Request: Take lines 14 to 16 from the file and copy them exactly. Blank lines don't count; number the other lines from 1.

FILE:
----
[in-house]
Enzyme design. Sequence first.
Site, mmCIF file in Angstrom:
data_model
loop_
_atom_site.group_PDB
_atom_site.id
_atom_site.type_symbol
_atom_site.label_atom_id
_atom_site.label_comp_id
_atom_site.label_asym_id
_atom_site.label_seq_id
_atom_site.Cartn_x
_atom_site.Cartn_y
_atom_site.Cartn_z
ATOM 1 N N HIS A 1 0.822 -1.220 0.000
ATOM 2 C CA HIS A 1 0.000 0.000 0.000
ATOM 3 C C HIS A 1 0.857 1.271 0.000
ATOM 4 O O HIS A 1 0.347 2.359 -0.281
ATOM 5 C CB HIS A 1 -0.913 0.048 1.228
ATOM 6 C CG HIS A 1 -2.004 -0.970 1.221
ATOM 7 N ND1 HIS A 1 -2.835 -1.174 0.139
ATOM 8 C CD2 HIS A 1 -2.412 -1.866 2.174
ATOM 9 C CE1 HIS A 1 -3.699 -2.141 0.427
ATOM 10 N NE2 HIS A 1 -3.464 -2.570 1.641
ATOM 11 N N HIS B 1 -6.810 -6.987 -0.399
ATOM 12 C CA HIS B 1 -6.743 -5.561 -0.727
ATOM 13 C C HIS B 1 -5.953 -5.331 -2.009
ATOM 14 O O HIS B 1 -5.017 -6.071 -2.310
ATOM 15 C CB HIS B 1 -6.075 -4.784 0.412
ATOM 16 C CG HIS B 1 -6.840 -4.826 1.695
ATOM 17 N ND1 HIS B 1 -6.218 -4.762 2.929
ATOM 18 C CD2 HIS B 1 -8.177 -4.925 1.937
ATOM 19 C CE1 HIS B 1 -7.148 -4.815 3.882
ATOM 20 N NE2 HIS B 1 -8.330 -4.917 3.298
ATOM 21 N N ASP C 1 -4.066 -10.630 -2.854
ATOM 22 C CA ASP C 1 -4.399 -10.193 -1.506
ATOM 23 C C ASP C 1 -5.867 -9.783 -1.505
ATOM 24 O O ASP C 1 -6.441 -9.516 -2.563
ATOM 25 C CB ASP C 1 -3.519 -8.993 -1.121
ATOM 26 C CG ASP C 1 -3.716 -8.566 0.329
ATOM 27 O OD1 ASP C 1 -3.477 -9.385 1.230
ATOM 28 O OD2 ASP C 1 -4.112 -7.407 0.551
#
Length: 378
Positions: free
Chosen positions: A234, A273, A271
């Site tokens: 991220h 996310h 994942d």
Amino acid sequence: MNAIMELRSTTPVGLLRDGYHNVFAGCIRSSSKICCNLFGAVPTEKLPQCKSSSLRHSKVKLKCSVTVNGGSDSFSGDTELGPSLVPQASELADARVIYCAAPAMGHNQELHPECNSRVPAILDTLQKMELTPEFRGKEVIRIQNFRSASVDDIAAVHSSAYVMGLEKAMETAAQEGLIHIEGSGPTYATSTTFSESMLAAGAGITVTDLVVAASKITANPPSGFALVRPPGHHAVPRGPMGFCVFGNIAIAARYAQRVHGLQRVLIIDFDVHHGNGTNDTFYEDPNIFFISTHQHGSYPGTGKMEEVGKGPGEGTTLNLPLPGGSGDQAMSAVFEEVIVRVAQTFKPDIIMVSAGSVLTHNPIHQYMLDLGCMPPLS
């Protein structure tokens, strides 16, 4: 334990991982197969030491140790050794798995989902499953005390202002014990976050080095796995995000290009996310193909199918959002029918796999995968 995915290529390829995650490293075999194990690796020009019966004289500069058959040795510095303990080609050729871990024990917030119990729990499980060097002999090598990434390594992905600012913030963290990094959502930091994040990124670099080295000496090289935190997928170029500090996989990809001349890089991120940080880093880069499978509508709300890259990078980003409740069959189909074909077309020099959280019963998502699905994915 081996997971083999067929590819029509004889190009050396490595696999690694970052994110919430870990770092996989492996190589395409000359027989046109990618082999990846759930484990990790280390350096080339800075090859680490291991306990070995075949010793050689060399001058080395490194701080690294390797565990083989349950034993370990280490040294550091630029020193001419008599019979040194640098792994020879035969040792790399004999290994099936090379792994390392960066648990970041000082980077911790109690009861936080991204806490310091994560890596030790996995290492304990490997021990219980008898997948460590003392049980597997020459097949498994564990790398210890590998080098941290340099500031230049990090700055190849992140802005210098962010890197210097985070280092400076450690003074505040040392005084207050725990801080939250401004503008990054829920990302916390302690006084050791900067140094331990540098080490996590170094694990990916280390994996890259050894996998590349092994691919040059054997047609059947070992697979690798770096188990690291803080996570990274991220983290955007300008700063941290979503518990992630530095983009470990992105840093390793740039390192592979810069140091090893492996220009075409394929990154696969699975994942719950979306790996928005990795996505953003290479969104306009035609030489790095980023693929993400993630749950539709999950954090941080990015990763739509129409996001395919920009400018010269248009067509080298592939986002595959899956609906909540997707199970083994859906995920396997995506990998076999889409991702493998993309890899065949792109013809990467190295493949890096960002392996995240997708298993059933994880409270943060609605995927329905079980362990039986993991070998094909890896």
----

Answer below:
_atom_site.Cartn_y
_atom_site.Cartn_z
ATOM 1 N N HIS A 1 0.822 -1.220 0.000